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Re: regulators, etc.
> In systems engineering we try to match components in a manner that
> accomplishes all of the tasks in the most efficient manner. If the task is
> to "deliver pizzas" (CO2 in plant tanks), a Lamborghini (Swagelock needle
> valve) would be a great way to do it, but if you have to minimize cost but
> maintain service, a Ford (ARO) might be an acceptable solution. However
> since we are doing this for personal consumption and want to have some
> bragging rights I decided for the BMW (well actually I haven't decided on a
> brand yet but I want to try the Fabco, the M3, and even the
> Are there any metering/needle valves we have missed. I'm planning a
> "bubble-off" test in the next couple of months and would like to try as many
> as practical. Please mail me off list if you have a favorite.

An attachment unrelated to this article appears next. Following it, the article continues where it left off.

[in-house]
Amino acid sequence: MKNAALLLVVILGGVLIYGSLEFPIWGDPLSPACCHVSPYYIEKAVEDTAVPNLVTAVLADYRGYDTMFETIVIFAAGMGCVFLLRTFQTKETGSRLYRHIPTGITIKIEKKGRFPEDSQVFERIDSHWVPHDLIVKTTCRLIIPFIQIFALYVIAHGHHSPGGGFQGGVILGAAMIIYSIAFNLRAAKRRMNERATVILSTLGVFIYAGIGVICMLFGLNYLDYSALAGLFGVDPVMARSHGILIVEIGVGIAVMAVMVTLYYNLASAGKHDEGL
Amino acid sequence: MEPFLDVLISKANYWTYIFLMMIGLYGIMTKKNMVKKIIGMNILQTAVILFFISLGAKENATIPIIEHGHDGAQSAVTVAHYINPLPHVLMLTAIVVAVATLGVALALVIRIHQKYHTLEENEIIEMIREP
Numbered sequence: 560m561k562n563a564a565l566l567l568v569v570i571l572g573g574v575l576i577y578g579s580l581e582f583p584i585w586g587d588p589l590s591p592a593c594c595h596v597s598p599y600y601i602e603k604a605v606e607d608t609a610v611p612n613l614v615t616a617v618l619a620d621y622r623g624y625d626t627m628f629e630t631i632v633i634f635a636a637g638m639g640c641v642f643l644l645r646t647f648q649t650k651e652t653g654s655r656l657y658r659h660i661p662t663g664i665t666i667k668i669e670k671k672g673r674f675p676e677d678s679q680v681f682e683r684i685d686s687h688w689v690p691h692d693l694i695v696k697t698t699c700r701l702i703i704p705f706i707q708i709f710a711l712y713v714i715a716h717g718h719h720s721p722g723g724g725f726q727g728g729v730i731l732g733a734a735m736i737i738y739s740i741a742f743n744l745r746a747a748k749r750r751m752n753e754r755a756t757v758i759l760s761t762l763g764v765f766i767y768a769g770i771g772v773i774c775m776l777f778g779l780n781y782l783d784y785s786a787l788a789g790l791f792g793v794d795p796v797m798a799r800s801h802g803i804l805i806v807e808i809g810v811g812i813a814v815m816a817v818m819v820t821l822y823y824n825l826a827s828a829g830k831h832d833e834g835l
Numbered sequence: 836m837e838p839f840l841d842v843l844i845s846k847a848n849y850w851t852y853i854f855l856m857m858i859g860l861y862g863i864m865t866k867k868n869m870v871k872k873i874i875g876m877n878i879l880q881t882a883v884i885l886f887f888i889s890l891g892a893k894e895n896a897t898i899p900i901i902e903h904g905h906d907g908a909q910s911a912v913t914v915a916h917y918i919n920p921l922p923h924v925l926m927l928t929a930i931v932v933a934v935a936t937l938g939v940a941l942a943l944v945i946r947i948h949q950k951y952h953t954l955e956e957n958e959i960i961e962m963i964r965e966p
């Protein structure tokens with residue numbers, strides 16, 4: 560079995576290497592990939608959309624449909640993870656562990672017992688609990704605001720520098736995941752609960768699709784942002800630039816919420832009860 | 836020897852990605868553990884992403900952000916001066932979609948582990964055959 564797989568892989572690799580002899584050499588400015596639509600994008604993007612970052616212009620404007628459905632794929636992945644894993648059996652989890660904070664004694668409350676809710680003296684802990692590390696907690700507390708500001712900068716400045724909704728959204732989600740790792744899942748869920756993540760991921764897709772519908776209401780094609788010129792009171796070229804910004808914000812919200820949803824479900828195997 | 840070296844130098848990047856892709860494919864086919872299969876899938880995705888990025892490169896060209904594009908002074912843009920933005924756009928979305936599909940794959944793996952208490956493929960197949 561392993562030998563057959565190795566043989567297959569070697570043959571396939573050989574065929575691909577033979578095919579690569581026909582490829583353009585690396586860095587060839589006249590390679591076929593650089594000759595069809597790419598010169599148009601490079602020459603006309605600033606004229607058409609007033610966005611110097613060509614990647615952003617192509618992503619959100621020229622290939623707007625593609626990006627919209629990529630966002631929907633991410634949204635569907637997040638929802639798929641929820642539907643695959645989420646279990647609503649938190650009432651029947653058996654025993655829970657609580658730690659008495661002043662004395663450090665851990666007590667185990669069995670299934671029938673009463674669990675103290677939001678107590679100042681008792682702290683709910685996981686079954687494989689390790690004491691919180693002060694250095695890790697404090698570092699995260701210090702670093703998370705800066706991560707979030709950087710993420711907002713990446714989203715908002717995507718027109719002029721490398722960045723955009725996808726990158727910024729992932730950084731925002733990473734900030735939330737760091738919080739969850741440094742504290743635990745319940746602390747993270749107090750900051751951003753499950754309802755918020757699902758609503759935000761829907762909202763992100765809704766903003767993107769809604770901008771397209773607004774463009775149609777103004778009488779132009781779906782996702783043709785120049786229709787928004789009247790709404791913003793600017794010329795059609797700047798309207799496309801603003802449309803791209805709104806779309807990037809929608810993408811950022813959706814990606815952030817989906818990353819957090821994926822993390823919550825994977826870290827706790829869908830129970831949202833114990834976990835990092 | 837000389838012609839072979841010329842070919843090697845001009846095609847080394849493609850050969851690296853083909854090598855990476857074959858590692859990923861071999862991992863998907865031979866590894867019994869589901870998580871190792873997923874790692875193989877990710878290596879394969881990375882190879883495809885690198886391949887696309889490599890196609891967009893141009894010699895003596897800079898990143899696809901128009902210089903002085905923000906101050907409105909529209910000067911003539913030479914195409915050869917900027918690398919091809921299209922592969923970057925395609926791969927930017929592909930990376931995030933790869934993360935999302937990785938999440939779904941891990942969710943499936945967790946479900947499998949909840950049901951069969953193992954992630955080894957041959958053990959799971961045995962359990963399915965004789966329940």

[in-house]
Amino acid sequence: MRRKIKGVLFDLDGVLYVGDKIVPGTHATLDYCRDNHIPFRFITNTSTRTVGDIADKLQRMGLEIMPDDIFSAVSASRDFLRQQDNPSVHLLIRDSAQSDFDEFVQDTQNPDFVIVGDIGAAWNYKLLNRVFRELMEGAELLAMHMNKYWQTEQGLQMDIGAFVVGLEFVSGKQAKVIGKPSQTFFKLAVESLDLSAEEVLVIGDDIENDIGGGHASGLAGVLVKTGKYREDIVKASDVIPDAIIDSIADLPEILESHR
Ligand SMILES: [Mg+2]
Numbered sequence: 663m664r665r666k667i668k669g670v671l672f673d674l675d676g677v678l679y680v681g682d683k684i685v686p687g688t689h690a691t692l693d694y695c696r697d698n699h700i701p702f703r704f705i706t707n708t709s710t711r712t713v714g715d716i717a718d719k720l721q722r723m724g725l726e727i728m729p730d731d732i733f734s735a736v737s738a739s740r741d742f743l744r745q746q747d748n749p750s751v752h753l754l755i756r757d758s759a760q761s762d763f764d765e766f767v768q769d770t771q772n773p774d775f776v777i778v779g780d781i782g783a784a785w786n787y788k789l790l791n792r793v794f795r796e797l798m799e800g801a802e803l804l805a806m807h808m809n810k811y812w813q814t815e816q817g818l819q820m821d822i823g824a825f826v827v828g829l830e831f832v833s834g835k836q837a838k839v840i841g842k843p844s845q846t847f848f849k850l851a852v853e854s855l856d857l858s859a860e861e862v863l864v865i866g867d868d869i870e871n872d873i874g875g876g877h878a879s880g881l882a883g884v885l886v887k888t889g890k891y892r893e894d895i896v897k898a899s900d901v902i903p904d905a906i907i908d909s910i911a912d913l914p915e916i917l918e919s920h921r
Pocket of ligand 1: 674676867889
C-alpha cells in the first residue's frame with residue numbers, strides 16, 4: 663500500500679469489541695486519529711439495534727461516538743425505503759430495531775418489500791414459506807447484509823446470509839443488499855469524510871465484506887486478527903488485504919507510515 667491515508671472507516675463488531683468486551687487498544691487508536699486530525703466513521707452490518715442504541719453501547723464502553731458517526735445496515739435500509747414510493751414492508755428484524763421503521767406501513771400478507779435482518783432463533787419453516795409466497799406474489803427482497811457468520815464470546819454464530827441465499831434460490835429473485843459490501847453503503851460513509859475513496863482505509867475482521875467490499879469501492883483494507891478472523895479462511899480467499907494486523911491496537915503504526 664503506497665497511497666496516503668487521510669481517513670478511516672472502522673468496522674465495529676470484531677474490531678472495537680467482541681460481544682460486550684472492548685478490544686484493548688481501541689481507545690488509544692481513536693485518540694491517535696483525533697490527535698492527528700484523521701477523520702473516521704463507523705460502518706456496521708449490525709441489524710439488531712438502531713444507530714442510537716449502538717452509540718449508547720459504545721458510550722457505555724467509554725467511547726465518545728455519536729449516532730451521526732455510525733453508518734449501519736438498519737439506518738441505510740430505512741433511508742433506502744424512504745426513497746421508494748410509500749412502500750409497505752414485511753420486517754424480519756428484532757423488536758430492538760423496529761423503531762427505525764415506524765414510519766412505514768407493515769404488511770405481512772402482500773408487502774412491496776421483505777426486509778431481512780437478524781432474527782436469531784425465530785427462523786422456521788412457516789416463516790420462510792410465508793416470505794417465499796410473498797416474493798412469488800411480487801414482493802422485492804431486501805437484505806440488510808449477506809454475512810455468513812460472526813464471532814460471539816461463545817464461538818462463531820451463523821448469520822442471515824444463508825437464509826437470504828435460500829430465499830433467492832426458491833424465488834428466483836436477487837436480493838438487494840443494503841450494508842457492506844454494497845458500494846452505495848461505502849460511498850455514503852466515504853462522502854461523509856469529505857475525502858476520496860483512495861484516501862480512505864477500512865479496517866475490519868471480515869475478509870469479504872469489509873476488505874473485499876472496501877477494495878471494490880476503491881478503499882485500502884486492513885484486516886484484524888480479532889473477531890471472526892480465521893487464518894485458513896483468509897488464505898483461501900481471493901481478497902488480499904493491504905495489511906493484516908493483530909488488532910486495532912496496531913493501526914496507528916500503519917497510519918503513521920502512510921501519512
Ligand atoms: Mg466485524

I guess I'm driving a second-hand Yugo, or maybe a bicycle. I'm of the
opinion that if your regulator is adjustable, your needle valve doesn't
have to be. So to avoid all the problems with touchy valves operating
in the almost closed position, I use a length of crushed 1/4" copper
tubing as a fixed orifice flow restrictor. I adjust the bubble rate by
tweaking the regulator output pressure. It is a very non-linear system
-- I have to increase the pressure quite a bit to increase the flow rate
slightly. I bubble the CO2 into the uptake tube of a small power
filter, which also serves as a bubble counter. If the pressure
increases at the end-of-tank, my system will never notice it.